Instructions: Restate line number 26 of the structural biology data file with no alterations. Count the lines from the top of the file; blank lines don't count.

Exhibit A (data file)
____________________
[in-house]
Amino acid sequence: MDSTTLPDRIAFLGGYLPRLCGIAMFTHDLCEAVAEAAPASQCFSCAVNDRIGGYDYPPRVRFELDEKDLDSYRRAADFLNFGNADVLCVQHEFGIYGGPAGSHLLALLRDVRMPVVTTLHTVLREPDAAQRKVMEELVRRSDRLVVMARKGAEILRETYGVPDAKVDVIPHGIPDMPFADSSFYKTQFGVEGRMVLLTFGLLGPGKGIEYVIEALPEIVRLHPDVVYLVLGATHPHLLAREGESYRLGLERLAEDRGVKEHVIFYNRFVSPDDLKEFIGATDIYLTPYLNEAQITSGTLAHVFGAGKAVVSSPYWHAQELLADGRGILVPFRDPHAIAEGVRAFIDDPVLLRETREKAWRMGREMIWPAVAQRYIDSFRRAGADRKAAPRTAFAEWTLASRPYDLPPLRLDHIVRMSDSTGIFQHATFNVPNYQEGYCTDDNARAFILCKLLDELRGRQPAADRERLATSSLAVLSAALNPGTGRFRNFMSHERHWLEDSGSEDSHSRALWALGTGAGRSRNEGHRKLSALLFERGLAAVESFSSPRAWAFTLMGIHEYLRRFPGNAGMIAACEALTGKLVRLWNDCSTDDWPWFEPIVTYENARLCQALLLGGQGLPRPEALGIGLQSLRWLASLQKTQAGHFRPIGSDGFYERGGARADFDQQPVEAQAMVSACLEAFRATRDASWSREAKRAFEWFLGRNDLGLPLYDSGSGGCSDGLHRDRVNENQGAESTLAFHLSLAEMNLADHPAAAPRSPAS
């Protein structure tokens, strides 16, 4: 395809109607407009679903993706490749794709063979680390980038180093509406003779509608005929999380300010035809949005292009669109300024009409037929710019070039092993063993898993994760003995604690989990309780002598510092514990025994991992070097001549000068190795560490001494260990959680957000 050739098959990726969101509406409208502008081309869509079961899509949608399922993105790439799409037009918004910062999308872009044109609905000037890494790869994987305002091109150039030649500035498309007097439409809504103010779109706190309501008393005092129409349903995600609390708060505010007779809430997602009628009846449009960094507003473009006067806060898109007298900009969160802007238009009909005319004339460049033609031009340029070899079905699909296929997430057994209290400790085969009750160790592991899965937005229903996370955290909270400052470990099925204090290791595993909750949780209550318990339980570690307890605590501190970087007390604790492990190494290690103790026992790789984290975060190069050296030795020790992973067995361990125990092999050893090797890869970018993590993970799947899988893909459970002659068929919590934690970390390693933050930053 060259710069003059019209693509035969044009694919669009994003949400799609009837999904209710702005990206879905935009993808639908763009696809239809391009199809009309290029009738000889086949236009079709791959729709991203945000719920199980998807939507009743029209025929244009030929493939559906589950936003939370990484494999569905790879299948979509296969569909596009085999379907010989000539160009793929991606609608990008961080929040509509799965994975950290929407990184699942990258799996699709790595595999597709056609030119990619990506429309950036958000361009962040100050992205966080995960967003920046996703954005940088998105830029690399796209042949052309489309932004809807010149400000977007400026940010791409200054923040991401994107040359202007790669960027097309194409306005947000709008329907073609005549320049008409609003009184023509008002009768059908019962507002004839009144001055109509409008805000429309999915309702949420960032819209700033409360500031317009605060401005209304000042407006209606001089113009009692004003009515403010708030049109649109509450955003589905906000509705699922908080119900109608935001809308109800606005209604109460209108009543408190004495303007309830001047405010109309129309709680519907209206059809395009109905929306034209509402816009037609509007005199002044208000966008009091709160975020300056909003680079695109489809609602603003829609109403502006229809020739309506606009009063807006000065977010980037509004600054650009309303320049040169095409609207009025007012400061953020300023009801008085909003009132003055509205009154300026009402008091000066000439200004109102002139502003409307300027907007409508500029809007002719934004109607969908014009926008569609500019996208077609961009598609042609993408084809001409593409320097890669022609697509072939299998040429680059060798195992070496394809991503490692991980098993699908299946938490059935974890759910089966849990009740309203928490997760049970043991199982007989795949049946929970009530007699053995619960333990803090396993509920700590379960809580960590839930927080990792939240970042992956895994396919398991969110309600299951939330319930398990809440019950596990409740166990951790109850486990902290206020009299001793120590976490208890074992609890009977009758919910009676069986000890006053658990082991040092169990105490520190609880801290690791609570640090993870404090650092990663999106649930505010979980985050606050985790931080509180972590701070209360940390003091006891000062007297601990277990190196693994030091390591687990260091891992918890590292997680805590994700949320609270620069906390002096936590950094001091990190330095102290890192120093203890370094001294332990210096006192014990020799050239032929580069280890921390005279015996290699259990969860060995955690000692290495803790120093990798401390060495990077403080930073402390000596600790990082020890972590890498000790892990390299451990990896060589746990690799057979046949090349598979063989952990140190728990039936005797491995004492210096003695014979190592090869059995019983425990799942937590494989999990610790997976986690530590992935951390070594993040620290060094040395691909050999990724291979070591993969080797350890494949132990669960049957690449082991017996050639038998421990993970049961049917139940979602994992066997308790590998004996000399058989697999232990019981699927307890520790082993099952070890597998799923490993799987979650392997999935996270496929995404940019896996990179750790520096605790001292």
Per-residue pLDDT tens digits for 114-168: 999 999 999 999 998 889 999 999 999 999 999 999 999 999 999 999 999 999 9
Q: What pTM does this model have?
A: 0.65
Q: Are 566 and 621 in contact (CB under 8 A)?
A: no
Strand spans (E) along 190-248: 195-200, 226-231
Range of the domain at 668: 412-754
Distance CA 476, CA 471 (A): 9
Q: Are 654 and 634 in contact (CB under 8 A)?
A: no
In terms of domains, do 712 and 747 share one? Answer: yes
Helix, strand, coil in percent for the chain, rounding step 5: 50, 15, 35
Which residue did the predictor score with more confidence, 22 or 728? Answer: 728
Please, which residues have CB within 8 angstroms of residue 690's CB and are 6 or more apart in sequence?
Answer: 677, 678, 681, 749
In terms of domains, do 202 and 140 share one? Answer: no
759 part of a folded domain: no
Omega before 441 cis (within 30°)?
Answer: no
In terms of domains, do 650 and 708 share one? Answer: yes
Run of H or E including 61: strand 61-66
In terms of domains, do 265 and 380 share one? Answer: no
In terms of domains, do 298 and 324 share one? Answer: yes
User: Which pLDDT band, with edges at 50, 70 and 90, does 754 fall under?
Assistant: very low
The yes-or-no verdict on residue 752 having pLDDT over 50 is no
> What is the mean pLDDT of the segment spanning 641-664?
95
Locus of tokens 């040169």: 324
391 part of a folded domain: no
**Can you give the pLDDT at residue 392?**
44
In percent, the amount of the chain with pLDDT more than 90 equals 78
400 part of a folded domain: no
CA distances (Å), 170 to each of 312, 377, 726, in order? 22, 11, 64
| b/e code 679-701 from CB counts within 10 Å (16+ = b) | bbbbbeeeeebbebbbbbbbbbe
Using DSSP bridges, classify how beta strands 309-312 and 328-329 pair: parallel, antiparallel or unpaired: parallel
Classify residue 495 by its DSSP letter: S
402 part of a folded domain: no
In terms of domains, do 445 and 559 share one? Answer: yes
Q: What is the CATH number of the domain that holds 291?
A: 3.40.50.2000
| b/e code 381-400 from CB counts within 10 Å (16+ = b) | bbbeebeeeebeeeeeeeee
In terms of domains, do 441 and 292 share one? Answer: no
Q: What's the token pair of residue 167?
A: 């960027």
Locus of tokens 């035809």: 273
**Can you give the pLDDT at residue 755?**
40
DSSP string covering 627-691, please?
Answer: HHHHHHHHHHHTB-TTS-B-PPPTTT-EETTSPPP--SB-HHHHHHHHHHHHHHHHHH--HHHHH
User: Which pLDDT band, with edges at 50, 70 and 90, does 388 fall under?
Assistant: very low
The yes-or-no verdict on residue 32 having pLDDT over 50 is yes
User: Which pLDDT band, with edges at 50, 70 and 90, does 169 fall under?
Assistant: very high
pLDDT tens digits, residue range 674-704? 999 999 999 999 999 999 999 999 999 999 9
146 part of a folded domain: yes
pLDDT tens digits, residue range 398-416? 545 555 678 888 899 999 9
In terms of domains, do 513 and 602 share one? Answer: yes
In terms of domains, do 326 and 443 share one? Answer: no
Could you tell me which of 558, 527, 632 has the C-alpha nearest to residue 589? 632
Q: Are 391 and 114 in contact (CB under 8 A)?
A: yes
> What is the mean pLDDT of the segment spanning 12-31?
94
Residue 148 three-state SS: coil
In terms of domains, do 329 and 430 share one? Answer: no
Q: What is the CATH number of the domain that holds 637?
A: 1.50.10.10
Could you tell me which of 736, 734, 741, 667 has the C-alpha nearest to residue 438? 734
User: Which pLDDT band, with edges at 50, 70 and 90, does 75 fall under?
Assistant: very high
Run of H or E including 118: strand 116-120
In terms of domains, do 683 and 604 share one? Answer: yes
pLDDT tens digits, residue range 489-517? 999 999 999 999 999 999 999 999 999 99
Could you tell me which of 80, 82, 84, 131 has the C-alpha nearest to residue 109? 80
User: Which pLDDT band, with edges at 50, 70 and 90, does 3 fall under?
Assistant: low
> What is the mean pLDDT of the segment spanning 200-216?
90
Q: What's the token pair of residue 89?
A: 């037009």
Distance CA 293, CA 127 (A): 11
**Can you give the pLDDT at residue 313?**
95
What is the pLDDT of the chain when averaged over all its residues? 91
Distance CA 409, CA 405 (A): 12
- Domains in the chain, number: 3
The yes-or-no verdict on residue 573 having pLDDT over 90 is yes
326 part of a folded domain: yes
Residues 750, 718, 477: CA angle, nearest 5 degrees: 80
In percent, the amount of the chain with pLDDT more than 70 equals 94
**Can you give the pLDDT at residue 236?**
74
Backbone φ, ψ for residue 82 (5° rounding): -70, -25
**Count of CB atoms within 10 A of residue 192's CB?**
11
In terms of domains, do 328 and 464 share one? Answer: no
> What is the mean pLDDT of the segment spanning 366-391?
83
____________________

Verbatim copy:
In terms of domains, do 298 and 324 share one? Answer: yes